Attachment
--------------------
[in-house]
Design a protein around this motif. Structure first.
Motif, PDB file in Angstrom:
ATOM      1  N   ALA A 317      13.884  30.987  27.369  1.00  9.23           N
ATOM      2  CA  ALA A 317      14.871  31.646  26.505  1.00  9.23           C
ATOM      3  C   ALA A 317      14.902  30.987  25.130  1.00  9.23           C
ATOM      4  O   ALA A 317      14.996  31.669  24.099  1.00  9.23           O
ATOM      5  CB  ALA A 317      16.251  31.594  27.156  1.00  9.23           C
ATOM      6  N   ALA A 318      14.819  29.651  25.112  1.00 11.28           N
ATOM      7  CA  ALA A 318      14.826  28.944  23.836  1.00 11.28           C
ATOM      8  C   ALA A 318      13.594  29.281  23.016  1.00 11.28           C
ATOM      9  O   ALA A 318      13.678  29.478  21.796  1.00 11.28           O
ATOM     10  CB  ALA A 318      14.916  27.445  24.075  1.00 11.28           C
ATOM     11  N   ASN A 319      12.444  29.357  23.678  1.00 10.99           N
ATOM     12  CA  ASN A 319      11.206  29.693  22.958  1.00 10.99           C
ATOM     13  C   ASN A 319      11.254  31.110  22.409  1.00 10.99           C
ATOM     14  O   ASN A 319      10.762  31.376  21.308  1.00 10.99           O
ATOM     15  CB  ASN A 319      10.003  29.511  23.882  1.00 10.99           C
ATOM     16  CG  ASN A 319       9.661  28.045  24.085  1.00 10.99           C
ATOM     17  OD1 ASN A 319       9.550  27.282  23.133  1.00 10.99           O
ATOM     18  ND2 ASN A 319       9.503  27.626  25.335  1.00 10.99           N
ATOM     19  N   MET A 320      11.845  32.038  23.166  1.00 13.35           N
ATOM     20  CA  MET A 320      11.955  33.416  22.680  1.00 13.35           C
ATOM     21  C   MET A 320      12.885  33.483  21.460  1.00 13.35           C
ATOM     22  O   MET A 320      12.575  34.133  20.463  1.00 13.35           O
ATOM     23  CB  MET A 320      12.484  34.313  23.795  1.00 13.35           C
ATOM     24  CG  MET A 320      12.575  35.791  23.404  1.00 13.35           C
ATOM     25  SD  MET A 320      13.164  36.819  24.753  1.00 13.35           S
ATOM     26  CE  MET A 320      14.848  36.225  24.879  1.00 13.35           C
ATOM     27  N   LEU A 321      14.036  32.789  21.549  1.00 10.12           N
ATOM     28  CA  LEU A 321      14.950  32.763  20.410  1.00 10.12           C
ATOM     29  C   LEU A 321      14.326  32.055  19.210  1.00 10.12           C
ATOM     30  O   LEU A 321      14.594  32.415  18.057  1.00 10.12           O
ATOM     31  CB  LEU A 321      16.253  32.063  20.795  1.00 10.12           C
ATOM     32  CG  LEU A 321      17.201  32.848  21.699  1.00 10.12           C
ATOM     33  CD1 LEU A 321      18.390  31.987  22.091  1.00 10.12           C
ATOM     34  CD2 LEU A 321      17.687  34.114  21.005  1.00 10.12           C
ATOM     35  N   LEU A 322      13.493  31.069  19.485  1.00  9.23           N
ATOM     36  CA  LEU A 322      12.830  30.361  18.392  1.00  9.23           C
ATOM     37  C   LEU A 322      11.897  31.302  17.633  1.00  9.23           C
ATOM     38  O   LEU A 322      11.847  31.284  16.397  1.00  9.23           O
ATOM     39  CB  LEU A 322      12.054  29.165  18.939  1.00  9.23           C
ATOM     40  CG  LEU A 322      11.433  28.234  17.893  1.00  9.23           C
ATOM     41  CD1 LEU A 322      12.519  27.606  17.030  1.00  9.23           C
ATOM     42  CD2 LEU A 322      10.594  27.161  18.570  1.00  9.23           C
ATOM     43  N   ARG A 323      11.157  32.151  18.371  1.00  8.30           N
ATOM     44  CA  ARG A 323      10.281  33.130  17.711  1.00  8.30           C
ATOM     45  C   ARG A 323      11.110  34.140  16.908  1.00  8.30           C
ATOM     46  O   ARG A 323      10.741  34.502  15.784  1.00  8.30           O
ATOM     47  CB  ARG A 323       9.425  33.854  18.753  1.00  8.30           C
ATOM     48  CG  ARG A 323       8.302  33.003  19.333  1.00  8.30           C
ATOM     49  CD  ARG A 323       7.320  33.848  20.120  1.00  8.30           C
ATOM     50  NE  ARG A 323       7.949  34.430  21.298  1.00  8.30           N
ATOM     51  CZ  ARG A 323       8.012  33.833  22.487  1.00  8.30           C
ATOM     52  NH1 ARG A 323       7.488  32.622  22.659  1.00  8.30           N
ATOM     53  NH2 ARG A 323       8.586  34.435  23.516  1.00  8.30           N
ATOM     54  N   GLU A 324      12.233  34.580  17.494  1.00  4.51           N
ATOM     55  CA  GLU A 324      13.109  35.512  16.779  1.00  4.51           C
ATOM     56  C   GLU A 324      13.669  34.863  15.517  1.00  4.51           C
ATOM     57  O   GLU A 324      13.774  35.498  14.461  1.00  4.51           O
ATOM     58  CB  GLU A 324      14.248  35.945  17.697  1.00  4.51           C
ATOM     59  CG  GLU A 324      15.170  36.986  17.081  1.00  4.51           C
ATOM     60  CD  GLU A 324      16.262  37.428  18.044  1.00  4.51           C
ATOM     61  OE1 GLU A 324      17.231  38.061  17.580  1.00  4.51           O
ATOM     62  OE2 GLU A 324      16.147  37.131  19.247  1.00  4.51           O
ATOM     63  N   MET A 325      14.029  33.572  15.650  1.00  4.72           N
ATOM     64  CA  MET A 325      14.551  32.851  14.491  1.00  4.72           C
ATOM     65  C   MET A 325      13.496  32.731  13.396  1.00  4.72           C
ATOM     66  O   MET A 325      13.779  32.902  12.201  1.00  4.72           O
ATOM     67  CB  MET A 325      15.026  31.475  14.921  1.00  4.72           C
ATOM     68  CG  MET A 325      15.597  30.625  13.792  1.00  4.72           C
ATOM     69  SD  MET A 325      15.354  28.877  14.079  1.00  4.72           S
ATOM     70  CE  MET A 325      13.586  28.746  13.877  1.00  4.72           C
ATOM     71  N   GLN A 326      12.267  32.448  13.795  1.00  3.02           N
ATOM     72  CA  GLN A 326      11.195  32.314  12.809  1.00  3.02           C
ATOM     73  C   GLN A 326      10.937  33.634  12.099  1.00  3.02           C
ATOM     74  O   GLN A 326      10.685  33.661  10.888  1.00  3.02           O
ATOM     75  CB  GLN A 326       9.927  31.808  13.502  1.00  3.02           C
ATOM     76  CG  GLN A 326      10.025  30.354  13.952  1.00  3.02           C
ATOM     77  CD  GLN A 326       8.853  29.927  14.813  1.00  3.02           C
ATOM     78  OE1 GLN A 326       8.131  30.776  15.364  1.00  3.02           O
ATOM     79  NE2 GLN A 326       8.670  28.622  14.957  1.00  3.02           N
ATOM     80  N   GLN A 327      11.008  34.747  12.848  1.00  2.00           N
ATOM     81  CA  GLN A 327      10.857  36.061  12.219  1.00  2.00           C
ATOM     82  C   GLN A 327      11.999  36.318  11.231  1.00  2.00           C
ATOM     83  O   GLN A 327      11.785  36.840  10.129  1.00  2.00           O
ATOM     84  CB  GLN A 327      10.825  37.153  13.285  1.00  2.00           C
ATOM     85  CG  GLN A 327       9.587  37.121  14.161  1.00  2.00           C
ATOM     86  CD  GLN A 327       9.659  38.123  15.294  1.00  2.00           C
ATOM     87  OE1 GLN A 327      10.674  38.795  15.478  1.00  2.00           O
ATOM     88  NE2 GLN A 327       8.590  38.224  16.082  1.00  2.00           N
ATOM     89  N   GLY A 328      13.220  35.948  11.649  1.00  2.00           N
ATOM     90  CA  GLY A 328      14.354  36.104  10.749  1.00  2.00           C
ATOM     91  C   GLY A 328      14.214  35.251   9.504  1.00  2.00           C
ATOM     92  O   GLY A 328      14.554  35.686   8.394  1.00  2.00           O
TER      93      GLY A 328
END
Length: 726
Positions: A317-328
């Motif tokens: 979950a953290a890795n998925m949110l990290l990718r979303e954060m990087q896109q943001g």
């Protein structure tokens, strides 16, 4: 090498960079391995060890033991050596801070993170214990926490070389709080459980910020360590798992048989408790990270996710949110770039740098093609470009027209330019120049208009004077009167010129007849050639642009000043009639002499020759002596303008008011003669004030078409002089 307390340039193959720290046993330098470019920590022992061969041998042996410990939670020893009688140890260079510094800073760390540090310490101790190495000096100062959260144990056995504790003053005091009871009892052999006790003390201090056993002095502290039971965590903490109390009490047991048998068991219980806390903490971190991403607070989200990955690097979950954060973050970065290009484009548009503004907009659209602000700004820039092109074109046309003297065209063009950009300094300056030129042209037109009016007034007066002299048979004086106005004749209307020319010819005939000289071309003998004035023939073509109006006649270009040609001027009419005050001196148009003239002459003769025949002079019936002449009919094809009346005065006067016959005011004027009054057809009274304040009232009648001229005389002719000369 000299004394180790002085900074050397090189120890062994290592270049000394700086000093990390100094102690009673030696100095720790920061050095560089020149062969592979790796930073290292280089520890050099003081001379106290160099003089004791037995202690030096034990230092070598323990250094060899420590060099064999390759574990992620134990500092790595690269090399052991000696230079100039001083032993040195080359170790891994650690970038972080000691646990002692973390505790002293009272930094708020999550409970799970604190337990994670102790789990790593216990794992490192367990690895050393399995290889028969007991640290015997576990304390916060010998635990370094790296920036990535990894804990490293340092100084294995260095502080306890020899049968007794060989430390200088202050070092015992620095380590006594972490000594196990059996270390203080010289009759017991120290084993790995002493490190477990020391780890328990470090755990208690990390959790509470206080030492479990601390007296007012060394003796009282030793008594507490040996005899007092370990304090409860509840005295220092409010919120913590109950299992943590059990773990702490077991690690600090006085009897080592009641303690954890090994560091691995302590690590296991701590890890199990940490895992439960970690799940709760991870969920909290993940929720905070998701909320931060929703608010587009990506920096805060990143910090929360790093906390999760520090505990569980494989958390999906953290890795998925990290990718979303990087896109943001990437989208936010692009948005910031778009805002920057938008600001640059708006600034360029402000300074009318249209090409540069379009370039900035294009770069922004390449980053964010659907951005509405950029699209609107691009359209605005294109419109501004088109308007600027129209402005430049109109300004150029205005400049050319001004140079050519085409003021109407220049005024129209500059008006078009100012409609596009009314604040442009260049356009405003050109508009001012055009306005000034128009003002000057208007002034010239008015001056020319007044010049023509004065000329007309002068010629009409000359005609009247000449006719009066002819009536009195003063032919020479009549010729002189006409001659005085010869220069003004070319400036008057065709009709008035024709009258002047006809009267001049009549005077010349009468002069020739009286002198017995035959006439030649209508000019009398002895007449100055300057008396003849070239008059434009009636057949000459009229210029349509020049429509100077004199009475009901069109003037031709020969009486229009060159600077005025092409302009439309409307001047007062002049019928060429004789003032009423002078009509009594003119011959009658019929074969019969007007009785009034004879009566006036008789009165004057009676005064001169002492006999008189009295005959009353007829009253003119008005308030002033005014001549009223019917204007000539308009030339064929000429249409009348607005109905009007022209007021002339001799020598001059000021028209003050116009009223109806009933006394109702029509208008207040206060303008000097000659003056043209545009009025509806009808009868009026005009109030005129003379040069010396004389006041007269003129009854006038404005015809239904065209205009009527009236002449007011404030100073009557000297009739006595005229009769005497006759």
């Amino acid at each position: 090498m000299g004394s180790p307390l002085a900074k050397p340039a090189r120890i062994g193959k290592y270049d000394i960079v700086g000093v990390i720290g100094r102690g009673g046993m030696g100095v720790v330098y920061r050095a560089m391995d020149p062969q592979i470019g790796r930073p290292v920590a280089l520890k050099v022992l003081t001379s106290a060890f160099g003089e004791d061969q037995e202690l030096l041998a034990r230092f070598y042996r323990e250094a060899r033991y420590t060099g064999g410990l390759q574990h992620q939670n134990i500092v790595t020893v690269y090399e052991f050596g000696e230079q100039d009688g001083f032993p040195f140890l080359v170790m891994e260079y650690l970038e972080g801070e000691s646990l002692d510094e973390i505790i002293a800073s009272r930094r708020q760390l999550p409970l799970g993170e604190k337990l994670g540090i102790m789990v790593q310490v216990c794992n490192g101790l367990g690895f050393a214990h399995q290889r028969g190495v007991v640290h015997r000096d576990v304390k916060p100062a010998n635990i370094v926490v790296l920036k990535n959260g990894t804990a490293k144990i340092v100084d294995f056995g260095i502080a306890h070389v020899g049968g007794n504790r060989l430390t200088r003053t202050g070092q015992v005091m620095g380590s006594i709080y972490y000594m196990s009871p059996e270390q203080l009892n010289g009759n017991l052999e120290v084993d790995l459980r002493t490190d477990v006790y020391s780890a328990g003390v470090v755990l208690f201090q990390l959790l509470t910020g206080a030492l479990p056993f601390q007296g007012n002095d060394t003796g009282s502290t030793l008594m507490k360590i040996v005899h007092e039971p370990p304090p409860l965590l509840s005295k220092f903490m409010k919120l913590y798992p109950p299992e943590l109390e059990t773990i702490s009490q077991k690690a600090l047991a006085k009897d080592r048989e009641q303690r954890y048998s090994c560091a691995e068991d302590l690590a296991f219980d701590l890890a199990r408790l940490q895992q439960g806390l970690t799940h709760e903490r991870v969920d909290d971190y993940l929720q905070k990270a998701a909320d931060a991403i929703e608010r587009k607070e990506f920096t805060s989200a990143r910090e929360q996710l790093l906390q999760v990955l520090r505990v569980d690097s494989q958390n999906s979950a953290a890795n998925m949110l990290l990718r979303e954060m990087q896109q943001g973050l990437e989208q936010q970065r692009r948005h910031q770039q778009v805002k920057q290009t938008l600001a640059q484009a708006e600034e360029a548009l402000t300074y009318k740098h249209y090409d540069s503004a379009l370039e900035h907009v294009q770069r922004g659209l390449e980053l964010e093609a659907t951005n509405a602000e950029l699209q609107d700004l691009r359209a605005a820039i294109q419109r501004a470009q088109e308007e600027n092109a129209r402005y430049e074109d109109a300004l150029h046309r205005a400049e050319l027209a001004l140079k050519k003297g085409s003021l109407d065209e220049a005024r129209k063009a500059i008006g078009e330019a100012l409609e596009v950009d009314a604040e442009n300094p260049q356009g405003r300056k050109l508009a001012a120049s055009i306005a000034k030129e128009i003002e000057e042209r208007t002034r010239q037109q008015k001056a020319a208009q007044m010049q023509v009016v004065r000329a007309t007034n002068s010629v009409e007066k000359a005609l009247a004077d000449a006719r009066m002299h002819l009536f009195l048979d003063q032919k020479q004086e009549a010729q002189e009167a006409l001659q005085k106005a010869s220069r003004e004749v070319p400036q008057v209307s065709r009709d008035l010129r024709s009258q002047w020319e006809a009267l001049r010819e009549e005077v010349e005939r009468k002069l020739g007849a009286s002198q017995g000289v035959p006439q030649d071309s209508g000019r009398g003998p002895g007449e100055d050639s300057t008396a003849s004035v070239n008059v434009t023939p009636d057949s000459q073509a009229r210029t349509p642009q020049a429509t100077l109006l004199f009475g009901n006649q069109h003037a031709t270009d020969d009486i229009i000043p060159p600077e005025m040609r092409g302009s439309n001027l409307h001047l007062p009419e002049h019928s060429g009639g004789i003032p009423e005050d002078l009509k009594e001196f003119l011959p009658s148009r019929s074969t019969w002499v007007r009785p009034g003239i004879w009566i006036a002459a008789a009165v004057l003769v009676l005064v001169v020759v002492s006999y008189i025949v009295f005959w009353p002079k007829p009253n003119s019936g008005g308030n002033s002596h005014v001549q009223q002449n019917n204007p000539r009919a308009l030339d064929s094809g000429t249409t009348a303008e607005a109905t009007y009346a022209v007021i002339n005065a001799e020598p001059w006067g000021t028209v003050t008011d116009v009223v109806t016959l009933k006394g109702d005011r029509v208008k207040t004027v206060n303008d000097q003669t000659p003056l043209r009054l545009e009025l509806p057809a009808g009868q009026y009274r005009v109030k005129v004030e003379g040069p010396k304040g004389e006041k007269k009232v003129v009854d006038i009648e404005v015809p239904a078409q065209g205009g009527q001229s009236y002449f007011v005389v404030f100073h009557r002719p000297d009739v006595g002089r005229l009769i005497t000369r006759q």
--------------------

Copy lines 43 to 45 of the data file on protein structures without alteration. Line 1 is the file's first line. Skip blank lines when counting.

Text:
ATOM     40  CG  LEU A 322      11.433  28.234  17.893  1.00  9.23           C
ATOM     41  CD1 LEU A 322      12.519  27.606  17.030  1.00  9.23           C
ATOM     42  CD2 LEU A 322      10.594  27.161  18.570  1.00  9.23           C